Research suggests US parents want a universal media rating system, across games, TV, film, websites and music.
According to WebMD, the research, published in the July issue of Pediatrics, found that parents prefer a ratings system that provides detailed content advisories, like the ESRB does for games, in addition to age brackets.
The research concluded that universal age brackets would be “impossible” to apply cross-media, but universal content descriptions could be put into place.
“Our studies revealed that parents not only want changes to the ratings, but that they would support the creation of a universal system.
“Given that we are well on the way to digital ‘convergence,’ where one can watch movies, television shows, or video games all on the same device, it seems that the time may be right to begin seriously considering taking this next step to improve media ratings,” the researchers wrote.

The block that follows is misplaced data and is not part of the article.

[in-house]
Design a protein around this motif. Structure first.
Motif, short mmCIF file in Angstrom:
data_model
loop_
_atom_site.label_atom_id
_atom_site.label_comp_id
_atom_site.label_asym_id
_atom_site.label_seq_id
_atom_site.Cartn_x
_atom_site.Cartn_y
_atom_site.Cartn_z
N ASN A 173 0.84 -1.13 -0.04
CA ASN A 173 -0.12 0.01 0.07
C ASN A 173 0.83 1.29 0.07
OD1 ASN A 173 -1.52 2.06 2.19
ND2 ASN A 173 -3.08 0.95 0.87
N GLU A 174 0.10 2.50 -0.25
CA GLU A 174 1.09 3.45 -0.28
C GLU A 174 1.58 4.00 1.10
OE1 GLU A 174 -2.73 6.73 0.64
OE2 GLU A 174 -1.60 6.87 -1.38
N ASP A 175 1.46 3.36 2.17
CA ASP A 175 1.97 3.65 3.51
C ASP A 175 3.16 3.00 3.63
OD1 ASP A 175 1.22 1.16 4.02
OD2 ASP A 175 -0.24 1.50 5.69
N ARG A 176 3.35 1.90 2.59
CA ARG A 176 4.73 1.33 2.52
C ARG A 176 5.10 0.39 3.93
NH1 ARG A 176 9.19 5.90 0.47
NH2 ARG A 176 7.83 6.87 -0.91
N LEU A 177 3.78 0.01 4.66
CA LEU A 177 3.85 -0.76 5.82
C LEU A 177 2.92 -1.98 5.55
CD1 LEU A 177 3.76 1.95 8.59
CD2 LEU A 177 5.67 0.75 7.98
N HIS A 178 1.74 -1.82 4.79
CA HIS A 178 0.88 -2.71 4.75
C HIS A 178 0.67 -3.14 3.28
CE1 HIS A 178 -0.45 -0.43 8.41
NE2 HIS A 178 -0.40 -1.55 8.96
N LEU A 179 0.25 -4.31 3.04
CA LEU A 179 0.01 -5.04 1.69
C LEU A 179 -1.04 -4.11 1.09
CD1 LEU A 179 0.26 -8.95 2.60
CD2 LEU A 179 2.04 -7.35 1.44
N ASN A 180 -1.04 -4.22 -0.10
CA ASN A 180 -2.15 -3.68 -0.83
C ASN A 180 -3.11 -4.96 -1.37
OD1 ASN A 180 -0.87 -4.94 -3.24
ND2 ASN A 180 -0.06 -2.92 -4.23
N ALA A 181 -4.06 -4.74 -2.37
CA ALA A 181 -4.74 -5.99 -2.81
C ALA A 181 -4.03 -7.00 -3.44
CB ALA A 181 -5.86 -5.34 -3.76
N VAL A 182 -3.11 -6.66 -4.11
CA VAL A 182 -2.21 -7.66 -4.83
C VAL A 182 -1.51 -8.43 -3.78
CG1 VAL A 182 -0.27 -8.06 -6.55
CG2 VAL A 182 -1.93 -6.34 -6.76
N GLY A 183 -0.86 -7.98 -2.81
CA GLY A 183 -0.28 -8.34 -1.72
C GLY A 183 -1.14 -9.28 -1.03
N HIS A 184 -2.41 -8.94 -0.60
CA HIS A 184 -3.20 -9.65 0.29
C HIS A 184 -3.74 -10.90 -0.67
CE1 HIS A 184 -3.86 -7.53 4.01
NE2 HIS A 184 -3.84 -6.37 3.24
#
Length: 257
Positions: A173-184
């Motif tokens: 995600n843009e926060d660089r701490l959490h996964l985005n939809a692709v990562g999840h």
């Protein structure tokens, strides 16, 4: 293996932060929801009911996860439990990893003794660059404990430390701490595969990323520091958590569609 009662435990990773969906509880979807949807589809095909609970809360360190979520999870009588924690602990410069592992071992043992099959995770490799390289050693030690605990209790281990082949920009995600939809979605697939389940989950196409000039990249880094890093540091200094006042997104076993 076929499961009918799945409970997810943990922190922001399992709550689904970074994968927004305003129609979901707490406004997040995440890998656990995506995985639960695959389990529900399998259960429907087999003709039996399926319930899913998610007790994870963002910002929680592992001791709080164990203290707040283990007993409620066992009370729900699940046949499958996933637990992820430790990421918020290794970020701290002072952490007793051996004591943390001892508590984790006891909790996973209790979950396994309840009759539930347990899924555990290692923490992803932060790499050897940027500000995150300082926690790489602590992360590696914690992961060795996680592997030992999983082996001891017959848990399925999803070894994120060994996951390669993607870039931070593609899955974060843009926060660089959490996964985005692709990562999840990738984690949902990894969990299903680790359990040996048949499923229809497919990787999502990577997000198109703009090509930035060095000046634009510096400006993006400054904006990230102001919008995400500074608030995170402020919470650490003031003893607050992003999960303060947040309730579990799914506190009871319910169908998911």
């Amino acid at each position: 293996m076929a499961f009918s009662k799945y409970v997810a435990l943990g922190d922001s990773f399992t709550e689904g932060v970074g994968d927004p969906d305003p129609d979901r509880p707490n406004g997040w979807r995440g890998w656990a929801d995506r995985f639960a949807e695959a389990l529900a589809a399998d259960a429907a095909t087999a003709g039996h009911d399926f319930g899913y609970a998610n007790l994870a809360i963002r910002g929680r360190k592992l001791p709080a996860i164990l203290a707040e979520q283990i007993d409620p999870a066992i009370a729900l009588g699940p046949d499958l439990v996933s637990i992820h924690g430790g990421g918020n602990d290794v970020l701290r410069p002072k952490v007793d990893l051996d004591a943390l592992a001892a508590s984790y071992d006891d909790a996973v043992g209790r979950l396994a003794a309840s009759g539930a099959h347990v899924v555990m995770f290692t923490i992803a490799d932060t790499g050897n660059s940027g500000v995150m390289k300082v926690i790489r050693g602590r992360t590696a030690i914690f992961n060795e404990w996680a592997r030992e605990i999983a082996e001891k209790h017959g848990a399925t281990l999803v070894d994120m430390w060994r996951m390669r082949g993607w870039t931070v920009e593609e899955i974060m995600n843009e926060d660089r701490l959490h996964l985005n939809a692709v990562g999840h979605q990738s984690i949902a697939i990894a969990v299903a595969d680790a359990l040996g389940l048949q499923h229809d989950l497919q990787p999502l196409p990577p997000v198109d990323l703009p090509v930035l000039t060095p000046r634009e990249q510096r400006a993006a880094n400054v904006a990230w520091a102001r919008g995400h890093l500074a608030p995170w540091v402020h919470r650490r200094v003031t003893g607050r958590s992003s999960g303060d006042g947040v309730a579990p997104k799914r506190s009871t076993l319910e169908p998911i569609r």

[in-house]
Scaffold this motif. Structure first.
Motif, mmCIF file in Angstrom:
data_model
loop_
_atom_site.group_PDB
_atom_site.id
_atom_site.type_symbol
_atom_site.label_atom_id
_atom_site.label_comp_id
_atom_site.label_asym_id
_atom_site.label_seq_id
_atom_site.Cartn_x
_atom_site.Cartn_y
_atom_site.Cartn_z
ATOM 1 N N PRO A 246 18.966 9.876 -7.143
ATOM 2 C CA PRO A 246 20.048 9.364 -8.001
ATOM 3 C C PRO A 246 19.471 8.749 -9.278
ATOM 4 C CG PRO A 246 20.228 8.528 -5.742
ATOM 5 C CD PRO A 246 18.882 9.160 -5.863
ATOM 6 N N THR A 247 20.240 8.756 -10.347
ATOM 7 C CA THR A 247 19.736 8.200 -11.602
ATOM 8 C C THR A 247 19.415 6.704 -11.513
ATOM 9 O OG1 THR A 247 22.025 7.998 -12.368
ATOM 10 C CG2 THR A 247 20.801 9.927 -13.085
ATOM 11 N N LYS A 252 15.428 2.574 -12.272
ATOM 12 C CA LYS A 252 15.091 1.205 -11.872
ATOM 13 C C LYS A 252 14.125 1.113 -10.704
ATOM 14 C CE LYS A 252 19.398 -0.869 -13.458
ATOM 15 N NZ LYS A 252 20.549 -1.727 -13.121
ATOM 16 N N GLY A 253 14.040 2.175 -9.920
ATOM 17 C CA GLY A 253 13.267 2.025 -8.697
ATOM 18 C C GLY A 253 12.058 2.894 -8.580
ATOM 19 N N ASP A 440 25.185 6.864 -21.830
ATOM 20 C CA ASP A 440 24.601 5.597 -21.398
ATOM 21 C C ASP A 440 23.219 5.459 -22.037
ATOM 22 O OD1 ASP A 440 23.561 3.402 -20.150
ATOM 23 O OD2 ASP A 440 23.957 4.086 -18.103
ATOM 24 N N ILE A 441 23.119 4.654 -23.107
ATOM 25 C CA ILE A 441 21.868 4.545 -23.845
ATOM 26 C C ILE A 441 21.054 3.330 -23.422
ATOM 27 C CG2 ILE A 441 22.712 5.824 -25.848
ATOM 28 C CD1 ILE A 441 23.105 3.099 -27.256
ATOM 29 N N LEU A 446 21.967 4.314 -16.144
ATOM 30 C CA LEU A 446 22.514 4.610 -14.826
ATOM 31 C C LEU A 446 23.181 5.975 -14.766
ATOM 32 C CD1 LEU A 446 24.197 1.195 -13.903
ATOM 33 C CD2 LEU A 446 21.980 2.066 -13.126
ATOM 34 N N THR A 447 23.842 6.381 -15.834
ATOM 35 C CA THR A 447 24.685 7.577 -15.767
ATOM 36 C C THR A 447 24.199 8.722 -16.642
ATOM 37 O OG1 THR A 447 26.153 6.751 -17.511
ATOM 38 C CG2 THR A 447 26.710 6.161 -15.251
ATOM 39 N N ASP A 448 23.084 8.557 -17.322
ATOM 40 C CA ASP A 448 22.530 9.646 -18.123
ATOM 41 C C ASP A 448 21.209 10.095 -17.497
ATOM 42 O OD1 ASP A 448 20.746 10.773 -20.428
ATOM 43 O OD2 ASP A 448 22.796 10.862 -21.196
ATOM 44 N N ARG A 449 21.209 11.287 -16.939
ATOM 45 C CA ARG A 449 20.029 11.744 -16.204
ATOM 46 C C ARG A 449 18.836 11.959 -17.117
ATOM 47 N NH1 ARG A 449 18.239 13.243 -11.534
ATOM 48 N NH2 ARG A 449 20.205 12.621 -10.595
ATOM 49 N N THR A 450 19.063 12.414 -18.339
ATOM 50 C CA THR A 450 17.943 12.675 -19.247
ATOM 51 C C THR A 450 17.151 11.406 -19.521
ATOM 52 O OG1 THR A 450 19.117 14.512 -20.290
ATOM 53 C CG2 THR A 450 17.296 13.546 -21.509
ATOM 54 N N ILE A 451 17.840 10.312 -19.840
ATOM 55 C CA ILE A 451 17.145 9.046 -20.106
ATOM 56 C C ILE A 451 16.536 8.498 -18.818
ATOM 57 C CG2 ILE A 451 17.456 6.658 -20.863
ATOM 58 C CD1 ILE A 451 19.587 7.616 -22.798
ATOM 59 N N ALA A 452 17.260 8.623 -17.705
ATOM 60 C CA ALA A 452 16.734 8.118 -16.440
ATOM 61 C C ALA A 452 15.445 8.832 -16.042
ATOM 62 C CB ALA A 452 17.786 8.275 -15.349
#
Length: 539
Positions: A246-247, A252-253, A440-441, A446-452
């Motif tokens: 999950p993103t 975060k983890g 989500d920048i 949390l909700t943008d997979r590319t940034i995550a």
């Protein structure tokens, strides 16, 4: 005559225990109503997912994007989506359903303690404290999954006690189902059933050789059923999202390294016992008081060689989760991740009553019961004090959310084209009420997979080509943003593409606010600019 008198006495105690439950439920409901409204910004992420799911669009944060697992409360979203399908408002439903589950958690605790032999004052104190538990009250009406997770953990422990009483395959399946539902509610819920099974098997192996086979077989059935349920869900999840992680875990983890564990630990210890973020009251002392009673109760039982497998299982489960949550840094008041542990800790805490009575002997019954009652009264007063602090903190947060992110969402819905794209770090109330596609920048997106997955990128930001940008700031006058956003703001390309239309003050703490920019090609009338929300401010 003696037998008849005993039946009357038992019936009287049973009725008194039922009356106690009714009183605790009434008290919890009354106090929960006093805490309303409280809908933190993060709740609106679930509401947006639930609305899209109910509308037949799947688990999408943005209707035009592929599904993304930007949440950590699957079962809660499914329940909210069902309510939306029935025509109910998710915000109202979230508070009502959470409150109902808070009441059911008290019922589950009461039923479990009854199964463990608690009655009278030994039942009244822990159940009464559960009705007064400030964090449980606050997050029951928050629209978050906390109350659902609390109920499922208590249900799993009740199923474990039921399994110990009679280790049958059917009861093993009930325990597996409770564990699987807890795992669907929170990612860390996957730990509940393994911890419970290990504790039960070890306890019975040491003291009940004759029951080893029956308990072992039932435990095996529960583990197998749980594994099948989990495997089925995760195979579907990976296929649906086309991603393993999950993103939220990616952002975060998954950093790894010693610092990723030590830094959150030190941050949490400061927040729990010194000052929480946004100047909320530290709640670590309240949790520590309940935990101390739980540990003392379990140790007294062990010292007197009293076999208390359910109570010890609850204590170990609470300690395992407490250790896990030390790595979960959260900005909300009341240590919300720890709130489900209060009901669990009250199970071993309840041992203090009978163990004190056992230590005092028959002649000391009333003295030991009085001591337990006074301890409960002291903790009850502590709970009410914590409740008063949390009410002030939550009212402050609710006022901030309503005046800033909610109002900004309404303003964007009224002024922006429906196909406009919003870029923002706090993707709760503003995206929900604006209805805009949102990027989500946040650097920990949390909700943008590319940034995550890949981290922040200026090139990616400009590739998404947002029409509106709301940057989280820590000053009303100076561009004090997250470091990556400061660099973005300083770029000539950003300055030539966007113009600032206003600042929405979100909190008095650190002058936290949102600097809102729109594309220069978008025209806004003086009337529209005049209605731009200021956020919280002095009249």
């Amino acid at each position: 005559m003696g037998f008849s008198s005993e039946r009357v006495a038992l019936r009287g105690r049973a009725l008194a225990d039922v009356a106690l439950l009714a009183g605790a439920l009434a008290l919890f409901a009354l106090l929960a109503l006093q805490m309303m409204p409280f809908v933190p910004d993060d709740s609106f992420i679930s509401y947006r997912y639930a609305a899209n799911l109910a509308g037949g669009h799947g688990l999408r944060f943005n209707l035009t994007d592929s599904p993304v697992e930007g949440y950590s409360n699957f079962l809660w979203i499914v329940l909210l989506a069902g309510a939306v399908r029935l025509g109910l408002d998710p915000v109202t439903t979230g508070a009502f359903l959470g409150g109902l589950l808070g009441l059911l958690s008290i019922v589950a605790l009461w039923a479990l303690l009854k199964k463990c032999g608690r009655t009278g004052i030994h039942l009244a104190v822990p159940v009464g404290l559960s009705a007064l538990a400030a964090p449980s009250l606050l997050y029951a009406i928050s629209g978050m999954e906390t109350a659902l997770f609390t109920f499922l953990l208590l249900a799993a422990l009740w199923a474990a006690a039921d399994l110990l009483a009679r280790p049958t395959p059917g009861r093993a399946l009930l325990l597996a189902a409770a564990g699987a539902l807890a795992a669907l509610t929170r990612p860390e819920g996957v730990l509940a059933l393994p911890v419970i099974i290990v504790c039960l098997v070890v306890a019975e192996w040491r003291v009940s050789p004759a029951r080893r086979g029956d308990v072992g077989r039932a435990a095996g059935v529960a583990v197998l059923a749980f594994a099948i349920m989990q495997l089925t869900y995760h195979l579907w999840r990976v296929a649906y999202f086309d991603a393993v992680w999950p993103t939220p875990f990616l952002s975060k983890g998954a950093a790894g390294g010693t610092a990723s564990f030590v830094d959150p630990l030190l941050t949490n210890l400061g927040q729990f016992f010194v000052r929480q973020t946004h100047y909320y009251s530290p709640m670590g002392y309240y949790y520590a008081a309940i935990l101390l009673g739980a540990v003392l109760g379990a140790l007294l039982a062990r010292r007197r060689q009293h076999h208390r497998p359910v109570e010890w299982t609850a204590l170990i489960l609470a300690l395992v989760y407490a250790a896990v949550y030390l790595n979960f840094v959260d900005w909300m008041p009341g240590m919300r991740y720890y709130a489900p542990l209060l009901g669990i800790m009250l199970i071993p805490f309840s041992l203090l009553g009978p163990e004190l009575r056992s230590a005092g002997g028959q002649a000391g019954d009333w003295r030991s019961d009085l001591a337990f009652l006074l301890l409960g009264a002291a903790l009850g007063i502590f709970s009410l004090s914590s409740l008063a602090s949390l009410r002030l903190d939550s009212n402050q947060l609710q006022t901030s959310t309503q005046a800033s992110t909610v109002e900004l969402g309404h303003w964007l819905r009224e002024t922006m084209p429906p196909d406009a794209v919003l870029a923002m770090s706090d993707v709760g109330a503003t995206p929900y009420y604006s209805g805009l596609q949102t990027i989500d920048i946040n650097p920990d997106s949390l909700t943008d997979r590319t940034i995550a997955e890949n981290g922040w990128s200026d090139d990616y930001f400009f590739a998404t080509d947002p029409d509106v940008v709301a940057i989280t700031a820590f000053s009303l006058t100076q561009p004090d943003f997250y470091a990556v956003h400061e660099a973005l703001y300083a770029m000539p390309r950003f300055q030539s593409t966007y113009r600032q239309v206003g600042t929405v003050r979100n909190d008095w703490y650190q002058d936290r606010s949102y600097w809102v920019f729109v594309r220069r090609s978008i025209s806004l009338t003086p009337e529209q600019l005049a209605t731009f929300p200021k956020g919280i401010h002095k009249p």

The study also took exception to variation between ratings systems as applied to different forms of media – in which content may be deemed inacceptable in one form but not another. The gradual evolution of ratings over time was found to lead to inconsistencies, and content advisories were found to be misapplied, with 79 percent of TV shows failing to achieve a V warning despite containing violence.